Enishi International School is authorized to offer International Baccalaureate Primary Years Programme (IB PYP)
What is the IB Primary Years Programme?
The PYP is designed for students aged 3 to 12. It focuses on the development of the whole child as an inquirer, both in the classroom and in the world outside. It is a framework guided by six transdisciplinary themes of global significance, explored using knowledge and skills derived from six subjects areas, as well as transdisciplinary skills, with a powerful emphasis on inquiry.
The PYP prepares students to become active, caring, lifelong learners who demonstrate respect for themselves and others and have the capacity to participate in the world around them. It focuses on the development of the whole child.
Through its inquiry-led, transdisciplinary framework, the PYP challenges students to think for themselves and take responsibility for their learning as they explore local and global issues and opportunities in real-life contexts.
How the PYP works
The International Baccalaureate® (IB) Primary Years Programme (PYP) is underpinned by six transdisciplinary themes around which learning is planned.
・Who we are.
・Where we are in place and time.
・How we express ourselves.
・How the world works.
・How we organize ourselves.
・Sharing the planet.
These themes are selected for their relevance to the real world. They are described as transdisciplinary because they focus on issues that go across subject areas.
The transdisciplinary themes help teachers to develop a programme of inquiry. Teachers work together to develop investigations into important ideas, which require a substantial and high level of involvement on the part of students.
Through the PYP curriculum framework, schools ensure that students examine each theme.
Please click here to view the Program of Inquiry (PoI) of Enishi International School.
The IB Primary Years Programme
・addresses students’ academic, social and emotional well-being
・encourages students to develop independence and to take responsibility for their own learning
・supports students’ efforts to gain understanding of the world and to function comfortably within it
・helps students establish personal values as a foundation upon which international-mindedness will develop and flourish.
Benefits of the PYP
The PYP benefits both learners and strengthens learning and international mindedness throughout the entire school community.
The PYP for Students
In the PYP, students learn how to think for themselves and take responsibility for their own learning through an inquiry-led approach.
By developing the attributes of the IB learner profile, students also learn how to demonstrate respect for themselves and others, developing international-mindedness by working with others for a shared purpose and taking positive action for change.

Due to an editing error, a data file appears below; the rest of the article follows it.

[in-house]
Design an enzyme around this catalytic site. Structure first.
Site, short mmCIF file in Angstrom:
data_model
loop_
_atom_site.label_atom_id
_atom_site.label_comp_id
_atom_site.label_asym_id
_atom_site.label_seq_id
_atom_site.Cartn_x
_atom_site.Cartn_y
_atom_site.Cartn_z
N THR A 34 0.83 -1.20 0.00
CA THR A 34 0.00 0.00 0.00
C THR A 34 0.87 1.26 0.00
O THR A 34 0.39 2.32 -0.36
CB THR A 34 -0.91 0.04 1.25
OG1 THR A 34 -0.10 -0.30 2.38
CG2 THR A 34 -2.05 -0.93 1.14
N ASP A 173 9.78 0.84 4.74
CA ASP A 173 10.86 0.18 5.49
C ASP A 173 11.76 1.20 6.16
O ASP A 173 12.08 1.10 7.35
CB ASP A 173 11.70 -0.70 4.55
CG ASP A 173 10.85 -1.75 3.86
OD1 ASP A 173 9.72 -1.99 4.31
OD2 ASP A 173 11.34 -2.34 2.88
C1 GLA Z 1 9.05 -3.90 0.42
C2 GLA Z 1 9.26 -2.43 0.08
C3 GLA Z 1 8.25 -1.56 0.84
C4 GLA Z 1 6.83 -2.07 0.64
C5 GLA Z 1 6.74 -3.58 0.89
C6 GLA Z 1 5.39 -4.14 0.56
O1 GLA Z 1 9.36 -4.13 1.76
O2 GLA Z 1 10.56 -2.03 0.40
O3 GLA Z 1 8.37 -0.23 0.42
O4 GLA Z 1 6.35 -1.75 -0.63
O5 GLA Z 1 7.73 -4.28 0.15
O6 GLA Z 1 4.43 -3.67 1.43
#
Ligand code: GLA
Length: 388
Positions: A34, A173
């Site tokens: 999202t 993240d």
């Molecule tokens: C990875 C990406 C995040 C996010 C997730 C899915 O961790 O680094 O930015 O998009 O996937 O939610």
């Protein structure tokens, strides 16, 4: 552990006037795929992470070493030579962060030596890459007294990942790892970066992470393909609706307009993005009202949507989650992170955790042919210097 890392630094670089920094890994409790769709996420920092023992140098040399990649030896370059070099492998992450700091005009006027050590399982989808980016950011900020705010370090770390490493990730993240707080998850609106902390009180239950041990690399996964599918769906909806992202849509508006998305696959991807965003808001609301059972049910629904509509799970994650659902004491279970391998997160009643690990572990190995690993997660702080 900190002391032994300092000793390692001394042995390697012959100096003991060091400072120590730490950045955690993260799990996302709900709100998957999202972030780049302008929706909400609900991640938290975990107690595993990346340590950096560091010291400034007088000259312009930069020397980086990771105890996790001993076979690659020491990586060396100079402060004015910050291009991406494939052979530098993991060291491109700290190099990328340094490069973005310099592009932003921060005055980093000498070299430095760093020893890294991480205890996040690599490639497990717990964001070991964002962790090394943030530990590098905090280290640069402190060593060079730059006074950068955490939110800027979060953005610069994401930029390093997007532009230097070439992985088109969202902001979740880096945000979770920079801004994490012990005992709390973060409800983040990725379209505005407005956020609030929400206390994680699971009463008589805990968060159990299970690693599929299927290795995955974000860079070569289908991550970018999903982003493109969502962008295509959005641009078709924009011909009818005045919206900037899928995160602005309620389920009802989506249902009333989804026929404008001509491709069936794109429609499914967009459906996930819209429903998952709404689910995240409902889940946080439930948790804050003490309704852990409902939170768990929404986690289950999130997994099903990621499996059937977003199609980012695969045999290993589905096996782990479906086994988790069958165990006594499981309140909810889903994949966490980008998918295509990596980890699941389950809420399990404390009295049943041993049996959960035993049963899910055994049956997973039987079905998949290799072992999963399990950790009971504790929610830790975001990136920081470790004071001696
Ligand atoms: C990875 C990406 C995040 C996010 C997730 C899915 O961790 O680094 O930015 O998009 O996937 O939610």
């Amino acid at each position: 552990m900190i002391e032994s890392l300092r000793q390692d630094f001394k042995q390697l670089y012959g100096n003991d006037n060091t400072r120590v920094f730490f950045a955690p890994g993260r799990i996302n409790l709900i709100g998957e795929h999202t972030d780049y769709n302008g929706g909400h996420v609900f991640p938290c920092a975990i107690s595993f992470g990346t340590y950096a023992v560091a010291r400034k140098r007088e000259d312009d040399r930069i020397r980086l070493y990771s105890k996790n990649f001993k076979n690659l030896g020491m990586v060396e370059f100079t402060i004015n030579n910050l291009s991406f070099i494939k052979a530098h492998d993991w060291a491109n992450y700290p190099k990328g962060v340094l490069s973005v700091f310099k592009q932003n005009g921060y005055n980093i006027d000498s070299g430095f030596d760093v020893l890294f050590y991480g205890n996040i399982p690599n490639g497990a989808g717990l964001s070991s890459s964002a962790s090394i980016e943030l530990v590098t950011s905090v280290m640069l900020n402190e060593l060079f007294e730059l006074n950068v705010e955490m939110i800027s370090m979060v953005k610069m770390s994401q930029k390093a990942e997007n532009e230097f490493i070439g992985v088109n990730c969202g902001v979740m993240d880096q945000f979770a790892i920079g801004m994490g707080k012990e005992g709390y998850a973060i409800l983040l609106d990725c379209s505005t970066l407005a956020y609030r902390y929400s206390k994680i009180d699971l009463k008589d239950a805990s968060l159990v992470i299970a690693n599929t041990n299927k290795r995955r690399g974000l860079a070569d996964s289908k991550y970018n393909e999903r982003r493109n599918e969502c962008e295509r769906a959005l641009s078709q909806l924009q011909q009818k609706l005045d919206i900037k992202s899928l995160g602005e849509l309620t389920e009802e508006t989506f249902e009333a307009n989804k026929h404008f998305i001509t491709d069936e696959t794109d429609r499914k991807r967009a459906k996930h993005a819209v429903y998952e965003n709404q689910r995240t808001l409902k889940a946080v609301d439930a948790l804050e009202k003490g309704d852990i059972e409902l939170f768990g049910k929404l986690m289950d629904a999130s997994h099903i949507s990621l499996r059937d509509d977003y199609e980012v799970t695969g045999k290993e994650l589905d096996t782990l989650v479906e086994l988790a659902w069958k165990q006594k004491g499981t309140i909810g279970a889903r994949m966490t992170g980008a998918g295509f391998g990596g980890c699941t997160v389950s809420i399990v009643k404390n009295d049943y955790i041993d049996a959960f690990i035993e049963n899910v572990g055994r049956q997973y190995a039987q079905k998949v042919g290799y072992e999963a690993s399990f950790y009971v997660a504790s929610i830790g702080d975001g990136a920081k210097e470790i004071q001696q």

The PYP for the school community
In the PYP, parents and the wider school community are also considered learners and valued as essential partners in students’ learning.
The six subject areas identified within the IB Primary Years Programme:
・Language ・Social studies
・Science ・Personal, social and physical education
The most significant and distinctive feature of the IB Primary Years Programme are the six transdisciplinary themes
These themes provide IB World Schools with the opportunity to incorporate local and global issues into the curriculum and effectively allow students to “step up” beyond the confines of learning within subject areas.
・Who we are
Inquiry into the nature of the self; beliefs and values; person, physical, mental, social and spiritual health; human relationships including families, friends, communities, and cultures; rights and responsibilities; what it means to be human.
・Where we are in place and time
Inquiry into orientation in place and time; personal histories; homes and journeys; the discoveries, explorations and migrations of humankind; the relationship between and the interconnectedness of individuals and civilizations, from local and global perspectives.
・How we express ourselves
Inquiry into the ways in which we discover and express ideas, feelings, nature, culture, beliefs and values; the ways in which we reflect on, extend and enjoy our creativity; our appreciation of the aesthetic.
・How the world works
Inquiry into the natural world and its laws, the interaction between the natural world (physical and biological) and human societies; how humans use their understanding of scientific principles; the impact of scientific and technological advances on society and on the environment.
・How we organize ourselves
Inquiry into the interconnectedness of human-made systems and communities; the structure and function of organizations; societal decision-making; economic activities and their impact on humankind and the environment.
・Sharing the planet